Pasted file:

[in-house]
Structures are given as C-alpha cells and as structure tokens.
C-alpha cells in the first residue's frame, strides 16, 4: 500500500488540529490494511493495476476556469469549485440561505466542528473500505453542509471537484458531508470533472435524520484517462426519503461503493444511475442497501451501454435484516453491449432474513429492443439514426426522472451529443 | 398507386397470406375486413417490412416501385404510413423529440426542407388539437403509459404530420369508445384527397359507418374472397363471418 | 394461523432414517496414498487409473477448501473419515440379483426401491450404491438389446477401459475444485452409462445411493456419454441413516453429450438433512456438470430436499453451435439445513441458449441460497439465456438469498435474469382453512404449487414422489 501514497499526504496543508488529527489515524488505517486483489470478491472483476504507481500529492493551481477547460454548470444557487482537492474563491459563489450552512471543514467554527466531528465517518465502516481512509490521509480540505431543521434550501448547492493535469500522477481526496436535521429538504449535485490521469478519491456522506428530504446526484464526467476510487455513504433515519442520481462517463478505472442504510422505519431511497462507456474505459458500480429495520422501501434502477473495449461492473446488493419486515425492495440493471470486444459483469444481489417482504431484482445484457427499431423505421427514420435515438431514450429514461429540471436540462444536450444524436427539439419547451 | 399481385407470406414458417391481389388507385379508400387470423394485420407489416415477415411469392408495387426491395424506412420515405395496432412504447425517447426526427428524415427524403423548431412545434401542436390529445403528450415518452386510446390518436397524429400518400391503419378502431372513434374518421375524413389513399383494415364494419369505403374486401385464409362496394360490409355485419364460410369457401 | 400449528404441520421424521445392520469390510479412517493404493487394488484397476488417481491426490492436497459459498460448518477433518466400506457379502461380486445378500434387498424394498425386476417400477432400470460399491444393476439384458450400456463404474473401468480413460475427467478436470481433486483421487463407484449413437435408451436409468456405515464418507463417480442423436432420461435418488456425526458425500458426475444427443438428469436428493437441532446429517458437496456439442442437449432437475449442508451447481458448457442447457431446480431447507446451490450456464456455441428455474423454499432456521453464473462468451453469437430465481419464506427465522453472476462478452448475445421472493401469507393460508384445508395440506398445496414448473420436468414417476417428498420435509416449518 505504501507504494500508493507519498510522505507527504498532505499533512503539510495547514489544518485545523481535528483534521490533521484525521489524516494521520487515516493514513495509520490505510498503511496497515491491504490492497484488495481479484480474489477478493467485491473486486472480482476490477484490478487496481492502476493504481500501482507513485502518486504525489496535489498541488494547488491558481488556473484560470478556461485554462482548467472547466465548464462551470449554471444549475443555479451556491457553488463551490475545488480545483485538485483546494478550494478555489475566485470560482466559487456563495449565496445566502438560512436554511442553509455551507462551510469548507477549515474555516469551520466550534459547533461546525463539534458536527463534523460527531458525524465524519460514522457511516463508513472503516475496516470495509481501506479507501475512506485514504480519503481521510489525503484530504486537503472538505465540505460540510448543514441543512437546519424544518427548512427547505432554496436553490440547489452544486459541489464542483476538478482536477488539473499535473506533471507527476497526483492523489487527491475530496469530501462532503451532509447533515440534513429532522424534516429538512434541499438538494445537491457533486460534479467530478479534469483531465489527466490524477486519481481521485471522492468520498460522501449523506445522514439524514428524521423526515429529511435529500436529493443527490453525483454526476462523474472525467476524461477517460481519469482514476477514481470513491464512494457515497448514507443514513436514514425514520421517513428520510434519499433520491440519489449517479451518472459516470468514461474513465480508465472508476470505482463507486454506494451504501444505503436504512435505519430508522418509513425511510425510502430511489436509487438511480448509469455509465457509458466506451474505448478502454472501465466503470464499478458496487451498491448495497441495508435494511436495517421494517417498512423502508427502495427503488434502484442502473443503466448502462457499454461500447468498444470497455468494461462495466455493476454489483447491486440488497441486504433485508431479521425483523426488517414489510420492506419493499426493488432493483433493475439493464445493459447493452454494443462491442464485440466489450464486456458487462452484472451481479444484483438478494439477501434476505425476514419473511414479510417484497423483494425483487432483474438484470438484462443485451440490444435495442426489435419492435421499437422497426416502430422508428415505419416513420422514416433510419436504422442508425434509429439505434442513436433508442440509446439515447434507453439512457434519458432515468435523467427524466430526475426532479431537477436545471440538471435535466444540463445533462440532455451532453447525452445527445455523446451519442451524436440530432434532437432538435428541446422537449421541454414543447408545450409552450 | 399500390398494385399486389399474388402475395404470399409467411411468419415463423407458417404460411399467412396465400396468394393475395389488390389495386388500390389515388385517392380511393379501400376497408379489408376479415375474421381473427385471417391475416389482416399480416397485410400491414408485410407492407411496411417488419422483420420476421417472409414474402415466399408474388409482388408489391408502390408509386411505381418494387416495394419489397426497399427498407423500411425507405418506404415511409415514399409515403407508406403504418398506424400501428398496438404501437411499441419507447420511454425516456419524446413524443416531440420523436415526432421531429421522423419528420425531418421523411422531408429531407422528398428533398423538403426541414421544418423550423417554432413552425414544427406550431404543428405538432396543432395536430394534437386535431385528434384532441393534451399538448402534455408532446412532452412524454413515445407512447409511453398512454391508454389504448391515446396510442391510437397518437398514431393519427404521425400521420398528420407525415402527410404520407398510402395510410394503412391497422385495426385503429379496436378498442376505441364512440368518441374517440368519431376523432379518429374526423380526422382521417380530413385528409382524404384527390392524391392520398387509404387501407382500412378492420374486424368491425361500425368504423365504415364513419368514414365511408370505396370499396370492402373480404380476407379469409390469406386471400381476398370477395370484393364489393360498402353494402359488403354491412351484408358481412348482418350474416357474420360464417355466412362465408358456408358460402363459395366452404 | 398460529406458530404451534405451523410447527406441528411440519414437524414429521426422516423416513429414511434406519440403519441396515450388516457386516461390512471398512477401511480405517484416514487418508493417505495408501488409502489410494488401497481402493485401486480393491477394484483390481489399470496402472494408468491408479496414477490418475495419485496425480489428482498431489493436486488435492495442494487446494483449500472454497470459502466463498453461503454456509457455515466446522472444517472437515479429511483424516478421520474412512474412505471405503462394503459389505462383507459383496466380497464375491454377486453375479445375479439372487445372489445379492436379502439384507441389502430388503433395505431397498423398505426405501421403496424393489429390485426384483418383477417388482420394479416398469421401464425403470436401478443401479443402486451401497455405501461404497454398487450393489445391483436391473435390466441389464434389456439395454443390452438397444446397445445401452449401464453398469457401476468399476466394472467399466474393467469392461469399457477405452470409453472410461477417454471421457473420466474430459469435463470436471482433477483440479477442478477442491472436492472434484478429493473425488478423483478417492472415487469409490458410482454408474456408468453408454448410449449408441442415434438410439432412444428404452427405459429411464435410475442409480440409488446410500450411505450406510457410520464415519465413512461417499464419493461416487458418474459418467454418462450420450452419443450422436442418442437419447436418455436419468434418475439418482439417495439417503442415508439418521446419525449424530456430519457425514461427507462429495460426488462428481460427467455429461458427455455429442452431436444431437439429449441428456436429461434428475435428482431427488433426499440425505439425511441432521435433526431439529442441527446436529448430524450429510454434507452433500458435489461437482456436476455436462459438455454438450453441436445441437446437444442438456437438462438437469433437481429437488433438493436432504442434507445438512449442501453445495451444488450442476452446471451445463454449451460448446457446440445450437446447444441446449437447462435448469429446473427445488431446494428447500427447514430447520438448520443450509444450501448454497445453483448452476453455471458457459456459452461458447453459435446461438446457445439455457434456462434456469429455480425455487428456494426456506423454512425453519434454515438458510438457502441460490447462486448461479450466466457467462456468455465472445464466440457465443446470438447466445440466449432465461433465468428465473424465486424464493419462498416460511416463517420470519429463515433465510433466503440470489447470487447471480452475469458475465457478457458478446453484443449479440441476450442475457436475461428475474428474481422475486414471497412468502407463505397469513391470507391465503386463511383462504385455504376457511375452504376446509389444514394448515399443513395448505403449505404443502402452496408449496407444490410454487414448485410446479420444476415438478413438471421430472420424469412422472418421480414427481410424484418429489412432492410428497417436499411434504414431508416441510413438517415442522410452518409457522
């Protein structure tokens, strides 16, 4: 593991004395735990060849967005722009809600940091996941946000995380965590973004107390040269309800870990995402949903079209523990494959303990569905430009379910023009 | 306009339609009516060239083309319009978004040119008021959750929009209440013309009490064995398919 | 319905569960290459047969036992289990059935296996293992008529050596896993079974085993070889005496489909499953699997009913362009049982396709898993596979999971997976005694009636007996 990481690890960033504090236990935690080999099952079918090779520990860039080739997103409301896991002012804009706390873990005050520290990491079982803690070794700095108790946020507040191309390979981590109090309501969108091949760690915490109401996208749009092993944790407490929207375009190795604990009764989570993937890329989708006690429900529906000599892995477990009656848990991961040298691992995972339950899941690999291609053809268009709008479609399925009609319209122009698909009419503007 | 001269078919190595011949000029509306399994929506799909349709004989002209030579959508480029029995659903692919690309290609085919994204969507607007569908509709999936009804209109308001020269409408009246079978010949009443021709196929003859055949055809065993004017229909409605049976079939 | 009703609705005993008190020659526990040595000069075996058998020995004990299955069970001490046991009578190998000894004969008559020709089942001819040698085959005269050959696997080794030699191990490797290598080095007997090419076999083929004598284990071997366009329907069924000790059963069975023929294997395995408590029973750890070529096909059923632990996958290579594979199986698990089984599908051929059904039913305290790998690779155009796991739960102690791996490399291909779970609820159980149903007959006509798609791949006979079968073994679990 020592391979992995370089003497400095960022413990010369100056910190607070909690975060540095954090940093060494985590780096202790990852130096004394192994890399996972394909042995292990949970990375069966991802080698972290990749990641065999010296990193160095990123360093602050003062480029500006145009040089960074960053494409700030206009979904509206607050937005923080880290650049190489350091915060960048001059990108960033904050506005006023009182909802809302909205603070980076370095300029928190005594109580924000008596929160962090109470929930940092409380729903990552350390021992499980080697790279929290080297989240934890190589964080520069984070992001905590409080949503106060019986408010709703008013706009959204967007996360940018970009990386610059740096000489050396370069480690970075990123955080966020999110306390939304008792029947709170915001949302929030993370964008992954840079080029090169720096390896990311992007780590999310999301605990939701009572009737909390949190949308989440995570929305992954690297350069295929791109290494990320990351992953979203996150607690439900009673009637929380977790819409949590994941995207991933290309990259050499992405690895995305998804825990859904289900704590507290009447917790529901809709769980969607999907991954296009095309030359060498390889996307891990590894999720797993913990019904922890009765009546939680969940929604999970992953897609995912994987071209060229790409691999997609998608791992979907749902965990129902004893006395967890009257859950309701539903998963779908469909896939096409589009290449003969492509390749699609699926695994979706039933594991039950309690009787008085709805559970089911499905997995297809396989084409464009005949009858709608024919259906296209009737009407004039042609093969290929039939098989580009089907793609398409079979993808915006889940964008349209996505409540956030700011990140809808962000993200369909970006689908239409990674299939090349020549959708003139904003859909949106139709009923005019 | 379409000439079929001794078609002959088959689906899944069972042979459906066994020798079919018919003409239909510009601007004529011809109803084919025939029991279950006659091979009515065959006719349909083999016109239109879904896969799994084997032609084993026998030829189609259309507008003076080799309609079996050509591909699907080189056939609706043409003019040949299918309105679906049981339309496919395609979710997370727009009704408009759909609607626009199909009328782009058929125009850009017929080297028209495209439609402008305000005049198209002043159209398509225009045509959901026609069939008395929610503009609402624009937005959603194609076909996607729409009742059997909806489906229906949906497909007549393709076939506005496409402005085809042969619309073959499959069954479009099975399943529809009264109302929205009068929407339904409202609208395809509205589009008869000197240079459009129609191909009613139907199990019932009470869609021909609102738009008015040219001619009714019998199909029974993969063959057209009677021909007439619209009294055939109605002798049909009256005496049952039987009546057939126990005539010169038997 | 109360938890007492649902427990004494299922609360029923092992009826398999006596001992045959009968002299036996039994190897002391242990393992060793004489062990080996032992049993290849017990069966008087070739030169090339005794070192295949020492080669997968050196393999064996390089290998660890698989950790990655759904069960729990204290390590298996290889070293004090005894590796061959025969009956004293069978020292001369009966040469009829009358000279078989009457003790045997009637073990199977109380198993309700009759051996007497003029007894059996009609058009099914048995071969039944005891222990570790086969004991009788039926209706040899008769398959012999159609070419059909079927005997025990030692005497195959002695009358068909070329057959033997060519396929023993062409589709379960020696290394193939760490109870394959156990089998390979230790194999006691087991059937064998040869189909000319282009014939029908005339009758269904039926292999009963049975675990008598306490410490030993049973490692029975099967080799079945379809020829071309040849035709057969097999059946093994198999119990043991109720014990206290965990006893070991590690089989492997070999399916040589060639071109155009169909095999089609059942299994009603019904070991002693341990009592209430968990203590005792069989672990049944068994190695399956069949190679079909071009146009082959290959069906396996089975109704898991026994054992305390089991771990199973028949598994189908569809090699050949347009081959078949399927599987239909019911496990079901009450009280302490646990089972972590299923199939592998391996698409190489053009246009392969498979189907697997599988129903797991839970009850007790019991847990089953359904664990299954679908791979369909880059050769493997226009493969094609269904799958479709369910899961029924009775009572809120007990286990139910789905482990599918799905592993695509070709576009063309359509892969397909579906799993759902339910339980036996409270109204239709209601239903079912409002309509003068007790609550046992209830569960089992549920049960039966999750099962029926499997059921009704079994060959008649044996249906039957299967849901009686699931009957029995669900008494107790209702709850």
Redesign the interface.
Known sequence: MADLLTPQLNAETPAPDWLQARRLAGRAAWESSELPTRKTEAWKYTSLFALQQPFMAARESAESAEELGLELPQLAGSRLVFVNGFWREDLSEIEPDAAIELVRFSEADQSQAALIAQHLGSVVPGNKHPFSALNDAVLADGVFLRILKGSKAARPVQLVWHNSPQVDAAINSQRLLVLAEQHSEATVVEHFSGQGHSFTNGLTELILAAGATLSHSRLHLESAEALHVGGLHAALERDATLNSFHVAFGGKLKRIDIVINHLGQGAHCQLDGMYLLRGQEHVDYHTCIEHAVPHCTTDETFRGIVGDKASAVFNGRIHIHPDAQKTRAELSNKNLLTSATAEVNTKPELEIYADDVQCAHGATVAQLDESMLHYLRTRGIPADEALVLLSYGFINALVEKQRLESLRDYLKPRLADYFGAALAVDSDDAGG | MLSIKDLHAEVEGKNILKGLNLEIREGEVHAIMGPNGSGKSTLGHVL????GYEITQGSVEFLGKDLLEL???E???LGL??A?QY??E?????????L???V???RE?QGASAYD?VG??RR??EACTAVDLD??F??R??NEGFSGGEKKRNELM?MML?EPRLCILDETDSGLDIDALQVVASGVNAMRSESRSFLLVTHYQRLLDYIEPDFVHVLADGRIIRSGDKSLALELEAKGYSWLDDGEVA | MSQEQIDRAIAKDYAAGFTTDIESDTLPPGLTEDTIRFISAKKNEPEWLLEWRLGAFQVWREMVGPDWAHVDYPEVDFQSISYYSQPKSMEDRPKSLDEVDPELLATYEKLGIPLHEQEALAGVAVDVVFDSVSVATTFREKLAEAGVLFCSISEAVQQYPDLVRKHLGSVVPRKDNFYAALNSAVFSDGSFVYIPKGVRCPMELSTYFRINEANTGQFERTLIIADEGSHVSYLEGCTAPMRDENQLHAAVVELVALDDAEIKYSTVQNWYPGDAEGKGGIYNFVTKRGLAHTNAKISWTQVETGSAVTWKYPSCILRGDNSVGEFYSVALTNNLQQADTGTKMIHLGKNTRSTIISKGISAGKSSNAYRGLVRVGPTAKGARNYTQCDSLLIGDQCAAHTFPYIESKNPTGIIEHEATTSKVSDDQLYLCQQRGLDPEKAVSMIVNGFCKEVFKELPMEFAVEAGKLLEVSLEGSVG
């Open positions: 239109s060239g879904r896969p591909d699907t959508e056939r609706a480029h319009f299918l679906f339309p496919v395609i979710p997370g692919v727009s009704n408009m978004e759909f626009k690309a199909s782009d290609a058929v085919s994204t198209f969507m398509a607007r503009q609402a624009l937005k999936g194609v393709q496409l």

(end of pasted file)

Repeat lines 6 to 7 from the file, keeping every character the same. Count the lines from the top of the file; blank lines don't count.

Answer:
Known sequence: MADLLTPQLNAETPAPDWLQARRLAGRAAWESSELPTRKTEAWKYTSLFALQQPFMAARESAESAEELGLELPQLAGSRLVFVNGFWREDLSEIEPDAAIELVRFSEADQSQAALIAQHLGSVVPGNKHPFSALNDAVLADGVFLRILKGSKAARPVQLVWHNSPQVDAAINSQRLLVLAEQHSEATVVEHFSGQGHSFTNGLTELILAAGATLSHSRLHLESAEALHVGGLHAALERDATLNSFHVAFGGKLKRIDIVINHLGQGAHCQLDGMYLLRGQEHVDYHTCIEHAVPHCTTDETFRGIVGDKASAVFNGRIHIHPDAQKTRAELSNKNLLTSATAEVNTKPELEIYADDVQCAHGATVAQLDESMLHYLRTRGIPADEALVLLSYGFINALVEKQRLESLRDYLKPRLADYFGAALAVDSDDAGG | MLSIKDLHAEVEGKNILKGLNLEIREGEVHAIMGPNGSGKSTLGHVL????GYEITQGSVEFLGKDLLEL???E???LGL??A?QY??E?????????L???V???RE?QGASAYD?VG??RR??EACTAVDLD??F??R??NEGFSGGEKKRNELM?MML?EPRLCILDETDSGLDIDALQVVASGVNAMRSESRSFLLVTHYQRLLDYIEPDFVHVLADGRIIRSGDKSLALELEAKGYSWLDDGEVA | MSQEQIDRAIAKDYAAGFTTDIESDTLPPGLTEDTIRFISAKKNEPEWLLEWRLGAFQVWREMVGPDWAHVDYPEVDFQSISYYSQPKSMEDRPKSLDEVDPELLATYEKLGIPLHEQEALAGVAVDVVFDSVSVATTFREKLAEAGVLFCSISEAVQQYPDLVRKHLGSVVPRKDNFYAALNSAVFSDGSFVYIPKGVRCPMELSTYFRINEANTGQFERTLIIADEGSHVSYLEGCTAPMRDENQLHAAVVELVALDDAEIKYSTVQNWYPGDAEGKGGIYNFVTKRGLAHTNAKISWTQVETGSAVTWKYPSCILRGDNSVGEFYSVALTNNLQQADTGTKMIHLGKNTRSTIISKGISAGKSSNAYRGLVRVGPTAKGARNYTQCDSLLIGDQCAAHTFPYIESKNPTGIIEHEATTSKVSDDQLYLCQQRGLDPEKAVSMIVNGFCKEVFKELPMEFAVEAGKLLEVSLEGSVG
């Open positions: 239109s060239g879904r896969p591909d699907t959508e056939r609706a480029h319009f299918l679906f339309p496919v395609i979710p997370g692919v727009s009704n408009m978004e759909f626009k690309a199909s782009d290609a058929v085919s994204t198209f969507m398509a607007r503009q609402a624009l937005k999936g194609v393709q496409l």